The hostages in Gaza need our hearts, not our heads – The Forward

A woman holds a portrait of hostage Emma Cunio, 3 years old, as protesters lift placards during a rally outside the Unicef ​​offices in Tel Aviv on Nov. 20 Photo by AHMAD GHARABLI/AFP via Getty Images

Sruli Fruchter

Sruli Fruchter
November 21, 2023

TEL AVIV — On the promenade, I spotted an area filled with sculptures and art pieces reflecting the endless horrors of the “Black Sabbath.”

Even though I was on a date, I felt obliged to visit the tribute, and briefly we took in the exhibits: Hooded baby figures, ashen piles with a protruding child’s arm and blood-stained baby cribs were among the works on display. After minutes, we headed toward the exit. And that’s where we saw Shani Gabay‘s family.

A handful of family members were organized in a semicircle, alongside a bright red banner reading “MISSING.”

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“Shani Gabay, still missing. 10/7,” was written in Hebrew below. A few people approached them — some for a brief conversation, others offering tea or coffee.

My date and I warily approached Shani’s father — who sat on the outer perimeter closest to us — the same way we would a mourner in a shiva home: Quietly, unassumingly, and feeling a little bit guilty.

His daughter is missingI thought. She could be dead.

Israel is set to approve a hostage deal that would lead to the release of approximately 50 hostages over the next four days. When the news broke, two conversations emerged. One concerns pragmatics: The terms, conditions and strategy of Israel’s hostage negotiations. The other concerns emotion: The love, hope and care of Israel’s hostages.

I understand the impulse toward the first. With Hamas, Hezbollah and Iran seeking annihilation of the Jewish state, and a callously hostile international community, Israel does not have the privilege of missteps.

But there are enough politicians, policymakers and experts crafting sophisticated arguments for Israel’s next moves. For the rest of us, the second conversation demands more of our attention.

Some semblance of control

I noticed two young girls, presumably Shani’s sisters, silently huddled together in oversized sweaters near the sign. Will they ever see their big sister again? My mind shocked thinking about their reality. I stood in stoic silence.

“Is she your daughter?” my date asked in a hurried whisper.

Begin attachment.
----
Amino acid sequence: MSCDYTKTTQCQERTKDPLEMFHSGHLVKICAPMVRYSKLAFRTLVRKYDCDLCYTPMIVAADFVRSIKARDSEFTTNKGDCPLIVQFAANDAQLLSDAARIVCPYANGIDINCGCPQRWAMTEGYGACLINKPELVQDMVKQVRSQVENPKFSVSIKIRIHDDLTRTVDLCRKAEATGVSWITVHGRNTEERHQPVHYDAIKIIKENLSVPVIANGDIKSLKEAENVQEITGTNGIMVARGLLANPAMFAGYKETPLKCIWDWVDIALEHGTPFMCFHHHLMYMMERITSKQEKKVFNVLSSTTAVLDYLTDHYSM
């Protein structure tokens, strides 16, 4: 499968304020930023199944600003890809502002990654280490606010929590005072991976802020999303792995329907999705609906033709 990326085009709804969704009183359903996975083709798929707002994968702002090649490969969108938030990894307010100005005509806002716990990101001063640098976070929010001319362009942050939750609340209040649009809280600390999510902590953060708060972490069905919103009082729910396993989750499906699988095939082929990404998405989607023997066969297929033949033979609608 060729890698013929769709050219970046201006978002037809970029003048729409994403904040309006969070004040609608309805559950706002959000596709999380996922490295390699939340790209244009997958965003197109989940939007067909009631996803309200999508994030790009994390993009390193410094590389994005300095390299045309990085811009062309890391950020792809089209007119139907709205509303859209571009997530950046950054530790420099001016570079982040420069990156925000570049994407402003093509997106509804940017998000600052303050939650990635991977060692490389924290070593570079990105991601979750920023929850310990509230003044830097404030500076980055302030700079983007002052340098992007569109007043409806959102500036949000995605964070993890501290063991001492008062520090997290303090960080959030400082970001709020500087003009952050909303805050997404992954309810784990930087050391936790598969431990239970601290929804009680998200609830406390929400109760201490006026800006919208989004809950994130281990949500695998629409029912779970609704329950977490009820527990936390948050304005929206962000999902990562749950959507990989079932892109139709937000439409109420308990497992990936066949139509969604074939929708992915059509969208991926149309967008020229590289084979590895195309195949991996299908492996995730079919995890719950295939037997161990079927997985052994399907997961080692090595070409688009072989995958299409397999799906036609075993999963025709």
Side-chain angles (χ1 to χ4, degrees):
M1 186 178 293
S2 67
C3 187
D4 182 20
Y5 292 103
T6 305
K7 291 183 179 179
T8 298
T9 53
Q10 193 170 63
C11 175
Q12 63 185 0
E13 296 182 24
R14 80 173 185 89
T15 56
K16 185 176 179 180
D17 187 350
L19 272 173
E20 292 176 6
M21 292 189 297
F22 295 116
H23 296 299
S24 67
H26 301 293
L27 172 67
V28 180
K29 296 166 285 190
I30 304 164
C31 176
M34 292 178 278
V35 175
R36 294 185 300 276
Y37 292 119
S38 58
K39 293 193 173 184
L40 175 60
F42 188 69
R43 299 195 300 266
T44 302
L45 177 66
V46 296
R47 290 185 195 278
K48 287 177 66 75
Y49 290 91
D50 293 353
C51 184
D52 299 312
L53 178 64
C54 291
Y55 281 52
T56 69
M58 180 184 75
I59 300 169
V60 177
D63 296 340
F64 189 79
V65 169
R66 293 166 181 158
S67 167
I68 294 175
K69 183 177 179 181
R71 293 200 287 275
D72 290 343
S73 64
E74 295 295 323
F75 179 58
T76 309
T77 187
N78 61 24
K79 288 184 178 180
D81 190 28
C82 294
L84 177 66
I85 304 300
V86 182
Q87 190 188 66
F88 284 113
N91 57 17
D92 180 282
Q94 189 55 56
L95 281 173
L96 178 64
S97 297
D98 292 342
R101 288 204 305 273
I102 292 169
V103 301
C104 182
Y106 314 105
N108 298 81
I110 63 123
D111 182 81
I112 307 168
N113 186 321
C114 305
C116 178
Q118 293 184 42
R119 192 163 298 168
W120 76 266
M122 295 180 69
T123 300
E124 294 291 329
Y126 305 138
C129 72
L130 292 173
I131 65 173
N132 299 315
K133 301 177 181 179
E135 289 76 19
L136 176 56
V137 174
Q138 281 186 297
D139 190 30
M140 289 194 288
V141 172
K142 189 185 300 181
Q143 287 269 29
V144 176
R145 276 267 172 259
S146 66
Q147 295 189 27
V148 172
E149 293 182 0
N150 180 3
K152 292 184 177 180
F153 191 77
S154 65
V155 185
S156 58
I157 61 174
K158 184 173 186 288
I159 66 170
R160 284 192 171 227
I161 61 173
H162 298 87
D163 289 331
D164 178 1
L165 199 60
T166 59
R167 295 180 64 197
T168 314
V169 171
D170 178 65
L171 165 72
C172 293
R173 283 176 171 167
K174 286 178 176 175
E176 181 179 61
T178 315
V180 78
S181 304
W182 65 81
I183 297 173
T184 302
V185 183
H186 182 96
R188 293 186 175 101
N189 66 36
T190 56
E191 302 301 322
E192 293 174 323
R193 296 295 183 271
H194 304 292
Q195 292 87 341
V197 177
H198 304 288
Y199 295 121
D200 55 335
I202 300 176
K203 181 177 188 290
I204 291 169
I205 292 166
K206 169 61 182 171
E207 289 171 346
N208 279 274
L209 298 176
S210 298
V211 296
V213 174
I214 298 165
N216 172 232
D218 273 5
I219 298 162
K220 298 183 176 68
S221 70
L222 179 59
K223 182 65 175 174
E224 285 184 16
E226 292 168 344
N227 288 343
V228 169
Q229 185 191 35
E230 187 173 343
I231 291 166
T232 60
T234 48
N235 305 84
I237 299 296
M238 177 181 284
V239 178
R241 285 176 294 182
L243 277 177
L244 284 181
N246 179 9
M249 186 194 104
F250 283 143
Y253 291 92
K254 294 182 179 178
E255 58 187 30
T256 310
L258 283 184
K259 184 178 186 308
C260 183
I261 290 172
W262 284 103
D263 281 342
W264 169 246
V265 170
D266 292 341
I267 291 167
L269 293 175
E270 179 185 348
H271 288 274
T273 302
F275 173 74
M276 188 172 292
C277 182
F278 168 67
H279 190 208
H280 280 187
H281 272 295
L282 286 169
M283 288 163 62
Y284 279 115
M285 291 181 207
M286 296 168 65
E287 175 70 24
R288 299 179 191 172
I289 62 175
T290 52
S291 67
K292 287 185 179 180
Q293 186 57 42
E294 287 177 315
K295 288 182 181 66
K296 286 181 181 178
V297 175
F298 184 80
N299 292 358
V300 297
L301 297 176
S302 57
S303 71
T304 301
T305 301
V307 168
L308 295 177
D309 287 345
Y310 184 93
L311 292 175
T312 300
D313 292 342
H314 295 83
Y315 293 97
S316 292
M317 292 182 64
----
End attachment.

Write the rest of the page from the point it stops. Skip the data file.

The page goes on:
“Yes,” Shani’s father answered.

She hesitated: “We’re praying for her return.” His affirming nod to him and thank you ended the conversation, and we went on our way.

For those brief moments, we stepped into their world—one of painful, gripping terror, haunted by the unknown fate of their loved one. But when we left, we left that reality.

They do not have such a luxuryI realized. And neither do the other hostages’ families.

Perhaps, if a deal is approved, Shani’s family can celebrate her 26th birthday together in safety. Her sisters can laugh alongside her once more. Other families may, with God’s help, receive the same fortune.

I passed by crowds of protesters outside a government building later that night. They waved picket signs, distributed hostage flyers and chanted, “bring them home now.”

It felt strange to see this in Israel. Who exactly are they protesting? I wondered. We all want the hostages returned home — we are not the ones in need of convincing.

In times of crisis, many of us grasp for some semblance of control. We all become policymakers. We dictate our plans for how Israel can defeat Hamas and rescue the hostages to anyone who will listen. And still, the reality remains: The hostages are not home, and their families sit frozen on Oct. 7.

Right now, the families of the hostages do not need our heads — they need our hearts.

Babies, children, brothers, sisters, parents and grandparents were kidnapped. They lie in the clutches of the bloodthirsty terrorists who slaughtered 1,200 of us. How Israel will successfully orchestrate this impossible scenario is not for us to figure out. Right now, we need to enter the world of these families, to scream and cry and shout until every breathing soul is returned home.

“We seem like we live in the same place,” Rachel Goldberg-Polin, whose son Hersh is captive in Gaza, said at the United Nations near the end of October. “But I, like all the loved ones of the stolen, we all actually live on a different planet.”

With this hostage deal underway, I am releasing myself — and hopefully, you as well — from the self-appointed role of prime minister and hostage negotiator. Those with loved ones in Gaza are carrying unimaginable pain, and right now they need us to carry it with them.

To contact the author, email [email protected]

Sruli Fruchter is a rabbinical student at the Rabbi Isaac Elchanan Theological Seminary and an editor and project manager for 18Forty, a Jewish media company exploring Jewish thought in a modern age. He was previously the 100th editor-in-chief of The YU Commentator and hosts the Soul Life podcast during the summer.

The views and opinions expressed in this article are the author’s own and do not necessarily reflect those of the Forward. Discover more perspectives in Opinion.

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